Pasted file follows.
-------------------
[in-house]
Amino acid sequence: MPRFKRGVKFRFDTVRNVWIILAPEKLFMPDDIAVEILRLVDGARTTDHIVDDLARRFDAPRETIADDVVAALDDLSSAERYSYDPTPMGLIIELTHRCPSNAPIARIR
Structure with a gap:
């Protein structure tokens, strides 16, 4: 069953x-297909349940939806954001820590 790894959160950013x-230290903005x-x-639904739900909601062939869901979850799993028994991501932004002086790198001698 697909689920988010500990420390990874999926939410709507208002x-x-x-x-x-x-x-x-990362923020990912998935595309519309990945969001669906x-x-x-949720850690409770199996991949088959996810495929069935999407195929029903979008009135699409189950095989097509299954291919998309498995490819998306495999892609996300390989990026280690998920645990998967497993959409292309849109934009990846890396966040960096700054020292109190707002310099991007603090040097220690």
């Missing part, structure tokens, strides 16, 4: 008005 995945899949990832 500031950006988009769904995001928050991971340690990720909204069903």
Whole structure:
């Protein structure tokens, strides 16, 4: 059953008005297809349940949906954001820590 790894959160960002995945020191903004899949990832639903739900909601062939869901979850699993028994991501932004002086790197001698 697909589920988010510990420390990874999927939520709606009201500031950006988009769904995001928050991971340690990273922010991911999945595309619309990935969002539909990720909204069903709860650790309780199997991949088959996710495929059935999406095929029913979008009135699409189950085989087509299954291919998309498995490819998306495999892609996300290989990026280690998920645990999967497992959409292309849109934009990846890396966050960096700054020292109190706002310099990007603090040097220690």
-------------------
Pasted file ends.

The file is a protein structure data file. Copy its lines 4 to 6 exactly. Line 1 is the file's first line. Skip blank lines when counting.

């Protein structure tokens, strides 16, 4: 069953x-297909349940939806954001820590 790894959160950013x-230290903005x-x-639904739900909601062939869901979850799993028994991501932004002086790198001698 697909689920988010500990420390990874999926939410709507208002x-x-x-x-x-x-x-x-990362923020990912998935595309519309990945969001669906x-x-x-949720850690409770199996991949088959996810495929069935999407195929029903979008009135699409189950095989097509299954291919998309498995490819998306495999892609996300390989990026280690998920645990998967497993959409292309849109934009990846890396966040960096700054020292109190707002310099991007603090040097220690």
């Missing part, structure tokens, strides 16, 4: 008005 995945899949990832 500031950006988009769904995001928050991971340690990720909204069903």
Whole structure: